It’s almost like the old Southern plantation myth, lying in your wicker recliner swatting flies except that was rich, that had all these excremental outcroppings of hungover European culture. California is all veneer and proud of it. Didn't used to be, but you let a country get a grip on any myth long enough and it'll come true. The main problem with the Eagles is that they simply can't accept their Marin County mushiness and just wimp it up right and tight they feel compelled to hold on to some Bad Company notion of manhood. Bunch of nonsense. They're about a third of Bread and a fifth of Early Moby Grape and Buffalo Springfield. They appeal to people who don't like to make real decisions or think of consequences in their own lives, people whose emotions are deeply embedded in as much wax as this music--nonpassion answers nonpassion, as always with pop music there is an emotional (or, in this case, antiemotional) transaction, and thus mass success and millions for whom the Eagles speak. But what they speak of is not the open road but staying just where and as fucked up as you are. Travels With Charley was more wide-open, full-throttle.
 
I don’t even want to talk about L.A. studio rock--everybody always blames the failure of this type of music on that epithet. The real problem with this band, the tragedy (guess it's a tragedy, their fans are all happy; the group are platinum; TRAGEDY FOR BUFFALO SRINGFIELD FANS WHO HOPED FOR A REBIRTH OF WONDER OVER OR FAR PAST THE CITY LIGHTS) is that they could have been the soul of the West, they could have been what they once may have beheld, a myth that strikes like a copperhead and of promise of tenderloin freedom at what Kerouac called "end of land sadness, end of the world gladness." They could have embodied that raffish poetry, they could have been true outlaws. Instead they became what they truly did, in all immediacy and ignorance, behold: they became professional mythics selling an adulterated or totally spurious version, like Paul Newman in Altman’s Buffalo Bill & the Indians. They sold the ground from under their own feet forever, and perhaps unborn feet as well.
 
You may be standing on the ground, kid, but you don't own it. I hate to think who does, but that's beside the point. The point is you couldn't hop a boxcar or even a pony without a roadie to help you, you are not as authentic as Mick Jagger in "Hand of Fate," you aren't a tenth of an old rerun of Trackdown, or Rawhide, or Have Gun, Will Travel or Wanted Dead or Alive or Cheyenne or even Tenderfoot. You are not California, not really, just the California music business, which is not California. You are certainly not the great Southwest, though you just might be calculating enough to be the East. A band without a country, maybe, which would be the most dramatic-tension inducing thing about you. But I suspect you may be America circa now. And that's what's scary about your innocuousness.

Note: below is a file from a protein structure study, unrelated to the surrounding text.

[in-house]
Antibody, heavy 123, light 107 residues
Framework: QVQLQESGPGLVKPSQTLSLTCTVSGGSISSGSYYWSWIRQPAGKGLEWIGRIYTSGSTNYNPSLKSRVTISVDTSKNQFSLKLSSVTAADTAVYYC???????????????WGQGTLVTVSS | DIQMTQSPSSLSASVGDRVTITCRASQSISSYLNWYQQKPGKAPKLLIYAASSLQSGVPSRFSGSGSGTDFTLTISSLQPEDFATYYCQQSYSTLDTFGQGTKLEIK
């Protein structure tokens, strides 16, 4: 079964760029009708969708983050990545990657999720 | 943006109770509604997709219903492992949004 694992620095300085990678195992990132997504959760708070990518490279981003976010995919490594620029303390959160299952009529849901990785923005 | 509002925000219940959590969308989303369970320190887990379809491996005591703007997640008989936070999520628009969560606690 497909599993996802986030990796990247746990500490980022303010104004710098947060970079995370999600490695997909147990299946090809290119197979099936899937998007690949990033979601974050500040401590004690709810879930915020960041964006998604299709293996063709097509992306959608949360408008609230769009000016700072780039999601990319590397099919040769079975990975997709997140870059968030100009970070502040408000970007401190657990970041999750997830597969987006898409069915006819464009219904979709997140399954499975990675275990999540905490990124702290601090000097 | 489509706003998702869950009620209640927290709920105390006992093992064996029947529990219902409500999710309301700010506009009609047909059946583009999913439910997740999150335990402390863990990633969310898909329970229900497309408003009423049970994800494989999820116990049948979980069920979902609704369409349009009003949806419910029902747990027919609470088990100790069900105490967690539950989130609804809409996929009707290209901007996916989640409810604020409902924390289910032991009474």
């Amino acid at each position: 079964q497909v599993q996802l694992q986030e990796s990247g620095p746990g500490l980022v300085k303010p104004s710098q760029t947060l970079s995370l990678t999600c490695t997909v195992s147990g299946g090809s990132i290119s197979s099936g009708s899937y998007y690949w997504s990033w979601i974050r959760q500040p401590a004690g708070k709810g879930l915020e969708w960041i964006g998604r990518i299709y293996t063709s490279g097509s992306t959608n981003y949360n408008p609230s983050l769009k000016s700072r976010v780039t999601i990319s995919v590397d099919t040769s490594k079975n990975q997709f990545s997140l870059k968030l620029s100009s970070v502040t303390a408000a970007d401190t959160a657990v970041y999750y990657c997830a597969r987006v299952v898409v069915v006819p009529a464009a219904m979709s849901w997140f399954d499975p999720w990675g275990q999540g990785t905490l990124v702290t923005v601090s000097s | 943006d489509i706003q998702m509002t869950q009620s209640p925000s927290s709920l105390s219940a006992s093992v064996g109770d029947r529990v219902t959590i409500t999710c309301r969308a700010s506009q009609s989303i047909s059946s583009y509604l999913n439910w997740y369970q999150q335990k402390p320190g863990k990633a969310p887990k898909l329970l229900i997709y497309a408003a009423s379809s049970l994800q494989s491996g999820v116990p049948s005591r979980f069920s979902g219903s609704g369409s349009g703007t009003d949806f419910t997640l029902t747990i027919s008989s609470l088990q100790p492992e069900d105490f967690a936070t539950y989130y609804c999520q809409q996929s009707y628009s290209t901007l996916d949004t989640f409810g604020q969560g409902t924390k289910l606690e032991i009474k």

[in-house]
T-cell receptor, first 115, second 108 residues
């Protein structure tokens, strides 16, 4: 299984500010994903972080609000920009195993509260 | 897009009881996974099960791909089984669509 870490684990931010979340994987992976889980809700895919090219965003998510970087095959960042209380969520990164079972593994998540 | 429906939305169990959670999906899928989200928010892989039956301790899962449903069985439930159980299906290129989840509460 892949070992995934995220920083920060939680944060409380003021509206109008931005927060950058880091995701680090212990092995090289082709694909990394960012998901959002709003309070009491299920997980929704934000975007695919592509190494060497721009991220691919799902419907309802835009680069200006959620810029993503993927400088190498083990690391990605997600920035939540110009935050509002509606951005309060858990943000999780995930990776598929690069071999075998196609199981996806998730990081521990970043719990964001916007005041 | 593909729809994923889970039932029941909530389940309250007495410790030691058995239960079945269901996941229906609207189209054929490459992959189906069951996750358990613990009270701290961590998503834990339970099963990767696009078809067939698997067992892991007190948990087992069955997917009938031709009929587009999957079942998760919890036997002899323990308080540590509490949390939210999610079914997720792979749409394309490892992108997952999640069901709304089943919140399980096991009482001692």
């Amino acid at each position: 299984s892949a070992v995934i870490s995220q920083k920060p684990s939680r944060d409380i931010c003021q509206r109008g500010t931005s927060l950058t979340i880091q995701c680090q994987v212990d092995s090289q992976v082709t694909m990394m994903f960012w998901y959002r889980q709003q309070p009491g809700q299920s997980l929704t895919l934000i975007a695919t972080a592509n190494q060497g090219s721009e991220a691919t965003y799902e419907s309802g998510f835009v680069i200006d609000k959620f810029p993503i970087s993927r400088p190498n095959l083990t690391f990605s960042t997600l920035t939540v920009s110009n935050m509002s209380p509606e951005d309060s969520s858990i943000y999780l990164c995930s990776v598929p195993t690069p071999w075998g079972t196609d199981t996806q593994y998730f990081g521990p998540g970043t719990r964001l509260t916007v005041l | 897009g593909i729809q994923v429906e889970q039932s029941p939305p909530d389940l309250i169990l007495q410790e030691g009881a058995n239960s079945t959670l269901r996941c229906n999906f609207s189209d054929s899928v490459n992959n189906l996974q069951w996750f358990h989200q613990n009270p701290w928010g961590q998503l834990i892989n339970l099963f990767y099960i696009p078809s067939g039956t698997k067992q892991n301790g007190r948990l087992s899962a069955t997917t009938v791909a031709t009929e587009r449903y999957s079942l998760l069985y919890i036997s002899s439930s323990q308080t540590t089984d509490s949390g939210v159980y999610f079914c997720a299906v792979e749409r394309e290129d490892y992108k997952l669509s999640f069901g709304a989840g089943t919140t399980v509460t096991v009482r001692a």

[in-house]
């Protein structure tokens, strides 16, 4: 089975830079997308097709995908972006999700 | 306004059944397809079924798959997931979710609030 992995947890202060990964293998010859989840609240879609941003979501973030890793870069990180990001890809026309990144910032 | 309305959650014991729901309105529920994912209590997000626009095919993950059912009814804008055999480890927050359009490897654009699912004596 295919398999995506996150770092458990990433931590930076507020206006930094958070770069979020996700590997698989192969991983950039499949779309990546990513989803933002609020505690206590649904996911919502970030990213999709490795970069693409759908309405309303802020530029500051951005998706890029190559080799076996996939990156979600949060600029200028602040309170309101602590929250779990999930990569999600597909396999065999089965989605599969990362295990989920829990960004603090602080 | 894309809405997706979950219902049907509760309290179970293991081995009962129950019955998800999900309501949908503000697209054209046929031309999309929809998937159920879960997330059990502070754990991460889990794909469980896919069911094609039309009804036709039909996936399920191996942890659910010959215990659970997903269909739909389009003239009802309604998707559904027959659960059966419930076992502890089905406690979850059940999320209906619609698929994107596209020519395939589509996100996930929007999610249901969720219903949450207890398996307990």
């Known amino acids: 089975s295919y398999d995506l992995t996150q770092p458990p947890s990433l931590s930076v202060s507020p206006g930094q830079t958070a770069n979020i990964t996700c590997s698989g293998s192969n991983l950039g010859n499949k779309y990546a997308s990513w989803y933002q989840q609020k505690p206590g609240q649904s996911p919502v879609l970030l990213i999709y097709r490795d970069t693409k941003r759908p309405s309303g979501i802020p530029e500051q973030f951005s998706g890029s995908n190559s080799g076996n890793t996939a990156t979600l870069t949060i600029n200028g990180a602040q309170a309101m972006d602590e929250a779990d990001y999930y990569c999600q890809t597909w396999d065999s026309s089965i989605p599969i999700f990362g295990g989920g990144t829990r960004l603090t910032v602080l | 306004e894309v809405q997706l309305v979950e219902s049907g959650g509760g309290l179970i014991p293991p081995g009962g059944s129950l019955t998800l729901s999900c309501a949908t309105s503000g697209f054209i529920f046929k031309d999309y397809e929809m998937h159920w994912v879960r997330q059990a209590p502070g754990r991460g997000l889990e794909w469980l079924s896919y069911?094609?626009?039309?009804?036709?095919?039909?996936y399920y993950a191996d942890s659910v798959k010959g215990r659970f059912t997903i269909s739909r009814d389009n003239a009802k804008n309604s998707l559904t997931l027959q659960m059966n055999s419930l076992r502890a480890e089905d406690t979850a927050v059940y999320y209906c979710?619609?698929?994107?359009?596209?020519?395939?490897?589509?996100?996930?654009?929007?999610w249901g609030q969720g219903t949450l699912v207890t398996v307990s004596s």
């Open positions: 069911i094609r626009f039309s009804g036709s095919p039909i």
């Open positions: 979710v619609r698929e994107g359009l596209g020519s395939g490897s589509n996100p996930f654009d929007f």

See, what's really dumb and creepy about you is that you pretend to be taking chances but you never, ever take any. At least McCartney is upfront about his conservatism. But you guys come on like Clayton Moore with a headband, even making with the drugstore cowboy drag for the cover of Desperado--I wonder if you smeared dirt on your faces for the photos like that bondage bitch in the Stones ads? Why don't you dress up as Mexicans instead, and get really controversial, in giant sombreros but selling sticks of chewing gum to passing cars? l am sure you of all people must have had some experience at dealing somewhere along the line.
 
And of course it makes sense that, record company across-the-hoards aside, the Eagles would support Jerry Brown. He's just as shell-like and meaningless and bland-out and self righteous about it as they are . . . except that that very nonmeaning becomes an ugly meaning. "I don't know the answers," declares Jerry in his book Thoughts (published, so help me god, by City Lights) along with (this is a direct quote) "Go with the flow." To which the Eagles reply: "Lighten up while you still can/Don't even try to understand," and Jackson Browne chimes in "Don't let me see that morning paper/I don't need those dues/It's just the same murder story/But they call it the news."
 
Strange bedfellows? No, it's perfectly sensible; the avant-garde is now the air conditioner and therefore, perhaps, the enemy. Jerry Brown is about delivering a glossy nonfeeling package that people will climb on like the last porpoise to Ethiopia, and it's no wonder that the Eagles are his houseband, warming up the inaugural ball by singing: "Springtime the acacias are bloomin/Southern California will see one more day/Dreamland, business is Booming/Birds are singin', as I drift away." While old Uncle Walt sleeps secure 'neath the sod and all moves in natural harmony, a place where you can spit on the sidewalk and it disappears immediately.



« Last Edit: December 01, 2017, 05:43:23 PM by John Albert »